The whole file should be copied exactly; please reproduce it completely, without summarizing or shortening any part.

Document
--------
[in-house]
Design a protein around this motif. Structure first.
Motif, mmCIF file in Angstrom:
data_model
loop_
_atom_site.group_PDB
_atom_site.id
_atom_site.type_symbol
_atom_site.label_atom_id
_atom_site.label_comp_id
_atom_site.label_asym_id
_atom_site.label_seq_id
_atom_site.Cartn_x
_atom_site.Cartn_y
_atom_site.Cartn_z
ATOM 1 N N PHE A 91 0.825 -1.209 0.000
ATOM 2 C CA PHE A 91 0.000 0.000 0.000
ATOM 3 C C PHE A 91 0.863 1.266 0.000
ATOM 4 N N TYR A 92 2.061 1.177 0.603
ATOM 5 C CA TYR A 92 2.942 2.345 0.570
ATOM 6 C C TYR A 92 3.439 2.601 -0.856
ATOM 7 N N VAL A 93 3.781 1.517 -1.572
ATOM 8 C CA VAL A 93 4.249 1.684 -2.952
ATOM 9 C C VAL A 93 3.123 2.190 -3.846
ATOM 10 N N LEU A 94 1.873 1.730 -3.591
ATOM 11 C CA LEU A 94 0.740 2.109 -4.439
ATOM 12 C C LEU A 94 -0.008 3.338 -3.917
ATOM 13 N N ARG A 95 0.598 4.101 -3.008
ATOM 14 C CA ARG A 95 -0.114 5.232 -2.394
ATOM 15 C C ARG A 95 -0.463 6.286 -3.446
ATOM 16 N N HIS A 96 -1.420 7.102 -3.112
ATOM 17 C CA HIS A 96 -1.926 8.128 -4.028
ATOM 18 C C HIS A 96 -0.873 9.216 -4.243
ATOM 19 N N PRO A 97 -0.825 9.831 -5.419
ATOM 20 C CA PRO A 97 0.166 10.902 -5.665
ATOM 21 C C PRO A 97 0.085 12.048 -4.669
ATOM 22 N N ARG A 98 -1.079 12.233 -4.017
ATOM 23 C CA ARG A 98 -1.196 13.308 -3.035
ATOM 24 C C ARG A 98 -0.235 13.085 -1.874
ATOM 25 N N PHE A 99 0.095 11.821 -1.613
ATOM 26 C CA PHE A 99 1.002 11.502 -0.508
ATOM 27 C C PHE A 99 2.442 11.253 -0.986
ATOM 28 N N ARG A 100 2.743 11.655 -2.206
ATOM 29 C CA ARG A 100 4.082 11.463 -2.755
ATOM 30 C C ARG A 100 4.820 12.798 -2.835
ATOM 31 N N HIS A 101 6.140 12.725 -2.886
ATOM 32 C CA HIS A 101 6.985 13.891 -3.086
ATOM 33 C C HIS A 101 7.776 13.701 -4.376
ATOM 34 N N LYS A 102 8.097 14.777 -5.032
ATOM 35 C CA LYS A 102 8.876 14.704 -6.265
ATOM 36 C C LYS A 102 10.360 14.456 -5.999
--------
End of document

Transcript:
[in-house]
Design a protein around this motif. Structure first.
Motif, mmCIF file in Angstrom:
data_model
loop_
_atom_site.group_PDB
_atom_site.id
_atom_site.type_symbol
_atom_site.label_atom_id
_atom_site.label_comp_id
_atom_site.label_asym_id
_atom_site.label_seq_id
_atom_site.Cartn_x
_atom_site.Cartn_y
_atom_site.Cartn_z
ATOM 1 N N PHE A 91 0.825 -1.209 0.000
ATOM 2 C CA PHE A 91 0.000 0.000 0.000
ATOM 3 C C PHE A 91 0.863 1.266 0.000
ATOM 4 N N TYR A 92 2.061 1.177 0.603
ATOM 5 C CA TYR A 92 2.942 2.345 0.570
ATOM 6 C C TYR A 92 3.439 2.601 -0.856
ATOM 7 N N VAL A 93 3.781 1.517 -1.572
ATOM 8 C CA VAL A 93 4.249 1.684 -2.952
ATOM 9 C C VAL A 93 3.123 2.190 -3.846
ATOM 10 N N LEU A 94 1.873 1.730 -3.591
ATOM 11 C CA LEU A 94 0.740 2.109 -4.439
ATOM 12 C C LEU A 94 -0.008 3.338 -3.917
ATOM 13 N N ARG A 95 0.598 4.101 -3.008
ATOM 14 C CA ARG A 95 -0.114 5.232 -2.394
ATOM 15 C C ARG A 95 -0.463 6.286 -3.446
ATOM 16 N N HIS A 96 -1.420 7.102 -3.112
ATOM 17 C CA HIS A 96 -1.926 8.128 -4.028
ATOM 18 C C HIS A 96 -0.873 9.216 -4.243
ATOM 19 N N PRO A 97 -0.825 9.831 -5.419
ATOM 20 C CA PRO A 97 0.166 10.902 -5.665
ATOM 21 C C PRO A 97 0.085 12.048 -4.669
ATOM 22 N N ARG A 98 -1.079 12.233 -4.017
ATOM 23 C CA ARG A 98 -1.196 13.308 -3.035
ATOM 24 C C ARG A 98 -0.235 13.085 -1.874
ATOM 25 N N PHE A 99 0.095 11.821 -1.613
ATOM 26 C CA PHE A 99 1.002 11.502 -0.508
ATOM 27 C C PHE A 99 2.442 11.253 -0.986
ATOM 28 N N ARG A 100 2.743 11.655 -2.206
ATOM 29 C CA ARG A 100 4.082 11.463 -2.755
ATOM 30 C C ARG A 100 4.820 12.798 -2.835
ATOM 31 N N HIS A 101 6.140 12.725 -2.886
ATOM 32 C CA HIS A 101 6.985 13.891 -3.086
ATOM 33 C C HIS A 101 7.776 13.701 -4.376
ATOM 34 N N LYS A 102 8.097 14.777 -5.032
ATOM 35 C CA LYS A 102 8.876 14.704 -6.265
ATOM 36 C C LYS A 102 10.360 14.456 -5.999